propane, 7% for butanes, and 10% for pentanes plus.
The purpose of this paper is to describe Alberta
Dr. Abbas Naini is at the Economics and Policy supply sources of NGL and its uses with an
Development Department, at the Alberta Energy and overview ofprocess engineering. In the next section,
Utilities Board, in Calgary Alberta.

Energy Studies Review, Vol 9, No.1 1999, Printed in Canada 47


the sources ofNGL supply from processing and helium, sulphur, carbon disulphide, carbonyl
reprocessing plants and refineries will be sulphide, and mercaptans. Removing the following
described. In the third section, the uses ofNGL elements purifies natural gas:
in Alberta market will be discussed. In the Water must be removed from natural gas to
fourth section, export market and pipeline prevent hydrate formations, a form offreezing in
capacities will be demonstrated. Conclusions the gas transmission pipelines.
will be presented in the last section. Hydrogen sulphide and carbon dioxide must be
Appendix 1 will provide definitions of removed since they are toxic and corrosive. In
technical words and terms that will be used in larger quantities, hydrogen sulphide is converted
this paper. The sources of data are Alberta through gas processing facilities to produce a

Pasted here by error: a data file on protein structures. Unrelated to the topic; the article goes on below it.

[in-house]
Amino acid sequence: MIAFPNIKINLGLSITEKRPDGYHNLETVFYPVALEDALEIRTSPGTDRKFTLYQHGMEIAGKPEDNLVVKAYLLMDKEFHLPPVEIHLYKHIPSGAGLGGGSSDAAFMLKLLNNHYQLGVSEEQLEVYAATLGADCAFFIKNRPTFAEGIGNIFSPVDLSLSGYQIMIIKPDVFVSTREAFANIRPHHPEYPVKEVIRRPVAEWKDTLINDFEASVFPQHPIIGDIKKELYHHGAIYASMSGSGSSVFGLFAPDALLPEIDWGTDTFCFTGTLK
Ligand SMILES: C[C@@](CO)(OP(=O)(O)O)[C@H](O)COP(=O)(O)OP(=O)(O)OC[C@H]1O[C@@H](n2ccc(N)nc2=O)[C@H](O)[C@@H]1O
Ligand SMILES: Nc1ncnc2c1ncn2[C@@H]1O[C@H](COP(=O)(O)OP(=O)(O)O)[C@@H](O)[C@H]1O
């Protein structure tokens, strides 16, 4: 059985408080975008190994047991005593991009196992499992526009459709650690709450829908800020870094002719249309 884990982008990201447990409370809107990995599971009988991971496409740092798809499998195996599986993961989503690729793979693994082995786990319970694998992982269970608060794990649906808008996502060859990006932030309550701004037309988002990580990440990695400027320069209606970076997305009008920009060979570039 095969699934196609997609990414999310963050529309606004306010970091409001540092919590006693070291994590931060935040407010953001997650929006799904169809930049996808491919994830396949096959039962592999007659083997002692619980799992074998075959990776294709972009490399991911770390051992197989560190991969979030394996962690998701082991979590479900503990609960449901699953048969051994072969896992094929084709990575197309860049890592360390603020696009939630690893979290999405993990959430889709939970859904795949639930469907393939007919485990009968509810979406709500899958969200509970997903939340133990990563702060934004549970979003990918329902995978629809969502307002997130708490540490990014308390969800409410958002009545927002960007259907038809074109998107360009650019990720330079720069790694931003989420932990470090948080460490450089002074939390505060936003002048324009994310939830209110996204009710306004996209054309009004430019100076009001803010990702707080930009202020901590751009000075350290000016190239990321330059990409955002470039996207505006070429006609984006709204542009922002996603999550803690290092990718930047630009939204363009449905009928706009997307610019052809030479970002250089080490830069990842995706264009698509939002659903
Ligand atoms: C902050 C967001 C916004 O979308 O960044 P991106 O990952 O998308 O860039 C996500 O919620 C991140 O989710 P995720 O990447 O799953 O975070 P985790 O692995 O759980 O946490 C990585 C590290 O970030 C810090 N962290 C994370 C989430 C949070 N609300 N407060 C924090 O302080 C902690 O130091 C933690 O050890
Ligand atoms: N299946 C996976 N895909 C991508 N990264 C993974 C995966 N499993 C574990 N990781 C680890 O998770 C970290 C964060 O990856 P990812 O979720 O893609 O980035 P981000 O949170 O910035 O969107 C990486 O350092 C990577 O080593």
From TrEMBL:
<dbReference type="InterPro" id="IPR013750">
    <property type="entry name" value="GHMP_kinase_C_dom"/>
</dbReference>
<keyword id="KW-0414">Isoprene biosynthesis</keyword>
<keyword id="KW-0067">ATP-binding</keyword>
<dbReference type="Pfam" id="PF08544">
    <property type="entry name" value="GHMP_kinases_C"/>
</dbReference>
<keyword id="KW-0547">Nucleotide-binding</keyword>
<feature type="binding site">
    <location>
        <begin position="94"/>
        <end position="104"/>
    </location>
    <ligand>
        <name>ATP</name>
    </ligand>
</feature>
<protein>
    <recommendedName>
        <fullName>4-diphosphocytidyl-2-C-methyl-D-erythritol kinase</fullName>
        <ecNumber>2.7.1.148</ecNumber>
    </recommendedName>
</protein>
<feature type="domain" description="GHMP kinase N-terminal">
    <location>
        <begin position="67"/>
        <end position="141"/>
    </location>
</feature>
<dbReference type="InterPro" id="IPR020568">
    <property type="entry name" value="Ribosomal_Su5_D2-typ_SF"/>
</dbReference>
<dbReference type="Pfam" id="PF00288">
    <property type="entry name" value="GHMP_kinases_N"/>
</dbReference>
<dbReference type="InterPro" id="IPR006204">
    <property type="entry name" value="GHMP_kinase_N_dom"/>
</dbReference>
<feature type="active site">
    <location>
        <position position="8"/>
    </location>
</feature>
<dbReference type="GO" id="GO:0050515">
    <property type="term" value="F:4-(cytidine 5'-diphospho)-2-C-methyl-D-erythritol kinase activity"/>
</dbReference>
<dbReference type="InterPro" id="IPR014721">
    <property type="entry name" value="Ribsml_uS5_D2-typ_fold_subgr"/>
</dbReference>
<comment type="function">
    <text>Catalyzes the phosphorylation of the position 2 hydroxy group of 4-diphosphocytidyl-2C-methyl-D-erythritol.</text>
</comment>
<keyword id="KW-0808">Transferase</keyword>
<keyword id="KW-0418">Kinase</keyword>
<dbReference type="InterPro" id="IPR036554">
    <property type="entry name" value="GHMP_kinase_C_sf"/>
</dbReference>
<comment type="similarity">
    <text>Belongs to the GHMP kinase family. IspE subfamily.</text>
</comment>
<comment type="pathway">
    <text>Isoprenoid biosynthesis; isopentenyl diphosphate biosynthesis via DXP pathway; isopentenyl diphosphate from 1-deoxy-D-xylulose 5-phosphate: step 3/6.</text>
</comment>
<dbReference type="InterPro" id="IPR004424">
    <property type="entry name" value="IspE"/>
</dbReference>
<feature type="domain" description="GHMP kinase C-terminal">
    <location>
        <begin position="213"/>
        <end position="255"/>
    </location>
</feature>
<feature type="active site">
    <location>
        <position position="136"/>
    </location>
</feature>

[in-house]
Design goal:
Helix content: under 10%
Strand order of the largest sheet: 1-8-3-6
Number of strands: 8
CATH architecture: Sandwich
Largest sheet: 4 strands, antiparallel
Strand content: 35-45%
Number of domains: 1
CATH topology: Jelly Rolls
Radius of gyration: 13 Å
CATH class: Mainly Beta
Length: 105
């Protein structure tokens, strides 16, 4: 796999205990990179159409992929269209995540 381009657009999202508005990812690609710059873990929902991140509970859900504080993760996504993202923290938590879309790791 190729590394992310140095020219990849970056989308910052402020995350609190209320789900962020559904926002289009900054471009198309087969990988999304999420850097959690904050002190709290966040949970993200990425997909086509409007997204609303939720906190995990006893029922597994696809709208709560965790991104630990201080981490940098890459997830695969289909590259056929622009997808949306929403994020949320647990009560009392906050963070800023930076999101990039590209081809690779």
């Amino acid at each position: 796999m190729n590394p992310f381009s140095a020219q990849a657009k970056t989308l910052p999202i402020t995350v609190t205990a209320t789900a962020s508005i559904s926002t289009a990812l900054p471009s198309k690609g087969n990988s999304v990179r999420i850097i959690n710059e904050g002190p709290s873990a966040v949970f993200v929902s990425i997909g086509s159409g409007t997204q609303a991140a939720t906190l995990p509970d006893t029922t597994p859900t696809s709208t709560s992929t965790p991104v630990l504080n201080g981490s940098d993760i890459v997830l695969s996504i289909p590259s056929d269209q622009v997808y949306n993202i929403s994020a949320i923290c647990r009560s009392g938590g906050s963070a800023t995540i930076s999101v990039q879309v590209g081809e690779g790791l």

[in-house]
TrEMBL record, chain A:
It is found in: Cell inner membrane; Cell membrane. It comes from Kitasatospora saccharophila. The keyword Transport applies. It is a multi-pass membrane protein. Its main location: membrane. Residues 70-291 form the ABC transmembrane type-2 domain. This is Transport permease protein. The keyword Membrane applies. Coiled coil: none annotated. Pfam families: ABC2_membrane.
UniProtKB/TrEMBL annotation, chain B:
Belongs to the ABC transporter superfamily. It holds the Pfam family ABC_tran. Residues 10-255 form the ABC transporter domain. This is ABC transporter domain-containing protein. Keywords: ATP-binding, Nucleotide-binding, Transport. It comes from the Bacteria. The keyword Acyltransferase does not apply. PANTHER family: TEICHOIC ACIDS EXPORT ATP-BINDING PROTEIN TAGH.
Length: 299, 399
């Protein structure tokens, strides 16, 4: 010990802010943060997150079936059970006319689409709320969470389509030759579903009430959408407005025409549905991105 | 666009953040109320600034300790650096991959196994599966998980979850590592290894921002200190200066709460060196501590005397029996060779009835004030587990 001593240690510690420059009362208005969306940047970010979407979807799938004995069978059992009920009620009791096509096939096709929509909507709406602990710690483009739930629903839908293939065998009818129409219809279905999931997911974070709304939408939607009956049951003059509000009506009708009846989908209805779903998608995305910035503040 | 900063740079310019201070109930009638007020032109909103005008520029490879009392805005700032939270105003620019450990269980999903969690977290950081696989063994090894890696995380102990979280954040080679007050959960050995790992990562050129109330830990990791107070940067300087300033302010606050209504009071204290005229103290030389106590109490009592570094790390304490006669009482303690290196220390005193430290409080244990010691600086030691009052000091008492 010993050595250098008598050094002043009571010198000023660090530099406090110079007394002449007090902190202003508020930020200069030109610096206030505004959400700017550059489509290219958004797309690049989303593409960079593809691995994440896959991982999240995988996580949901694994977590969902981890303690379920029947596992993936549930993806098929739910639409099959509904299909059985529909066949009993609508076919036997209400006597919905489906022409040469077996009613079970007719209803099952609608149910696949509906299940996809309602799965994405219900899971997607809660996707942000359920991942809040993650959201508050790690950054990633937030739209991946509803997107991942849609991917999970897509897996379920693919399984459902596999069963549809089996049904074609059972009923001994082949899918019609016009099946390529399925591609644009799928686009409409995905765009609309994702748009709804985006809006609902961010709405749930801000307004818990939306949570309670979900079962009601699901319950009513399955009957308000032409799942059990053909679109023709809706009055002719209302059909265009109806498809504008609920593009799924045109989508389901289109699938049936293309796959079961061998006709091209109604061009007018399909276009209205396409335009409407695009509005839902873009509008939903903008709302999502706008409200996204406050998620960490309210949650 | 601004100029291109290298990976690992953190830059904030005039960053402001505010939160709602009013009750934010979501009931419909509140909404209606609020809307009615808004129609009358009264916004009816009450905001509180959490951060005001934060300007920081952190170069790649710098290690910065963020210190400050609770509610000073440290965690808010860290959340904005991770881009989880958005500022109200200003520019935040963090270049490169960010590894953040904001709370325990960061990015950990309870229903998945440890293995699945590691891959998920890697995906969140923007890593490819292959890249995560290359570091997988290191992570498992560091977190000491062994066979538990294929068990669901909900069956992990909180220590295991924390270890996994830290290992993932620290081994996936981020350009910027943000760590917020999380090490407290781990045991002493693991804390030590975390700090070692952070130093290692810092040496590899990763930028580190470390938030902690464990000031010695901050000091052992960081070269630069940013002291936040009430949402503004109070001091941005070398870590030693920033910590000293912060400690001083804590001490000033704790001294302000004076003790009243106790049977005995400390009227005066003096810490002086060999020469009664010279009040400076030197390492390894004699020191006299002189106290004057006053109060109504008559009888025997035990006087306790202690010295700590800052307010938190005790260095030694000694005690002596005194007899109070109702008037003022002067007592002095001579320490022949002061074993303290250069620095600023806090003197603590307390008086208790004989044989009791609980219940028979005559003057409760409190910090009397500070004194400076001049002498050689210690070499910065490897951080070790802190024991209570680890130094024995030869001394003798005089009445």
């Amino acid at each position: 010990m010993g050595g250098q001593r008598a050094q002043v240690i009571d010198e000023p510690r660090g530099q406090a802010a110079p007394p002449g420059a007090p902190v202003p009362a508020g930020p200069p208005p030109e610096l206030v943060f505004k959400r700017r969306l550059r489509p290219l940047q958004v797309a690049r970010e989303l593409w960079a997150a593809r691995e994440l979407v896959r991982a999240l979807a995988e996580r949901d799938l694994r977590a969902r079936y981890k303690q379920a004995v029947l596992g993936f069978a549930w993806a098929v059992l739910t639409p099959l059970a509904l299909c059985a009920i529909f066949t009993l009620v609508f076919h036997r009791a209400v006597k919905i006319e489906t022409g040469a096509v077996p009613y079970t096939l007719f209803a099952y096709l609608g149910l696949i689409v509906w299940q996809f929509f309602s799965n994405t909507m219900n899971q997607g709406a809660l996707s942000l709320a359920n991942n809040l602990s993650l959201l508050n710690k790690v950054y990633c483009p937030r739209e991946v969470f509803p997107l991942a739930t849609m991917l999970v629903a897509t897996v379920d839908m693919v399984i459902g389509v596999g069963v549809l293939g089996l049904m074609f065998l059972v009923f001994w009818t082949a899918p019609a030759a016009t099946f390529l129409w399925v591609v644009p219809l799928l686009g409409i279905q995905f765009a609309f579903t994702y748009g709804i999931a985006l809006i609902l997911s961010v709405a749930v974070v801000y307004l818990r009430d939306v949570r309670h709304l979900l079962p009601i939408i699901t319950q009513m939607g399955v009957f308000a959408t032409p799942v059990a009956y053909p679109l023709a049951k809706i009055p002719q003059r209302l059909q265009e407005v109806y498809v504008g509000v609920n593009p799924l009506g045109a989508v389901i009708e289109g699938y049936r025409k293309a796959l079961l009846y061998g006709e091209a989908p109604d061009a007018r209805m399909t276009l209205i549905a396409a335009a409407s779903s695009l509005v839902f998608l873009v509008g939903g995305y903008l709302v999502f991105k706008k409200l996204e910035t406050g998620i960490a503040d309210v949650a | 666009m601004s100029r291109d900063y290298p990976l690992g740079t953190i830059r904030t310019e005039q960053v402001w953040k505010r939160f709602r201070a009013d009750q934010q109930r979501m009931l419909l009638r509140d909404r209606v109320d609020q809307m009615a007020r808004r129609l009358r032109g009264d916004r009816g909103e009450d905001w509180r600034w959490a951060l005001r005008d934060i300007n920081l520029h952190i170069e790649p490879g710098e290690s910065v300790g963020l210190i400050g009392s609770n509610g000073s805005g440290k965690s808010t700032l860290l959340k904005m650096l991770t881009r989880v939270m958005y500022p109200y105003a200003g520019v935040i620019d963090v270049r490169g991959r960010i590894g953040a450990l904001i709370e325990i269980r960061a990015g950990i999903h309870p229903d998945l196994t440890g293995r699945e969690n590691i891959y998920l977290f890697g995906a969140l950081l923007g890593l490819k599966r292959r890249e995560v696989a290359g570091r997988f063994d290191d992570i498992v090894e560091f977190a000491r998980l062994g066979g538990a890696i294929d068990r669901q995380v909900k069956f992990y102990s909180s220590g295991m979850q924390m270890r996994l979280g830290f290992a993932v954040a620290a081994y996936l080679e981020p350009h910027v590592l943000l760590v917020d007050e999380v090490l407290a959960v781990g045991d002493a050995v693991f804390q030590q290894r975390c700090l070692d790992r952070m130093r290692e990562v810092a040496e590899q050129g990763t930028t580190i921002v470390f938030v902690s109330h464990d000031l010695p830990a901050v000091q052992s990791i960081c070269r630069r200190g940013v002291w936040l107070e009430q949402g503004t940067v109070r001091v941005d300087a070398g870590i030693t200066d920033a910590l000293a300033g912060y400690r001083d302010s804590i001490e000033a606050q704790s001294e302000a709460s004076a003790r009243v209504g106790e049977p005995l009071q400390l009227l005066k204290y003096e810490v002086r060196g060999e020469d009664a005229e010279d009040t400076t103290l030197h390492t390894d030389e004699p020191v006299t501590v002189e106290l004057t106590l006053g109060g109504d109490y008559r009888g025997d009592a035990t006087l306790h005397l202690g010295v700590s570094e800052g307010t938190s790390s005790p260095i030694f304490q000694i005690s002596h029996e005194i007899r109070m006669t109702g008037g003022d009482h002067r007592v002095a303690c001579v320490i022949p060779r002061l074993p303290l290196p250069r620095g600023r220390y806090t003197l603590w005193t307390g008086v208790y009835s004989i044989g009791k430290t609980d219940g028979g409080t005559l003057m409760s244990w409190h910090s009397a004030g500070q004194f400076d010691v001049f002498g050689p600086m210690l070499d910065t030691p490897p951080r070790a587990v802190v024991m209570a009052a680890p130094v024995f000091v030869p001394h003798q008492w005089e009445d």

Energy and Utilities Board (AEUB), Statistics pure elemental sulphur product.
number (ST) 13A, ST-17, and Statistics Canada, Natural gas liquids (NGL) should be removed to
Quarterly Report on Energy Supply-Demand in serve by-products markets. NGL consists of
Canada, 1997-IV, Catalogue number 57-003- ethane, propane, butanes (a mixed product from
XPB. isobutane and normal butane), and pentanes
plus.
2. Supply of Natural Gas Liquids The NGLs are recovered from three sources. Gas
processing plants or field plants which extracts
Natural gas consists primarily ofmixtures of NGLs from raw. Natural gas reprocessing plants, or
hydrocarbon gases, predominantly methane, straddle plants which extracts NGLs from
along with smaller amounts of ethane, propane, marketable natural gas. The third source of NGL
butanes and pentanes plus. In addition to the supply is refineries which recover propane and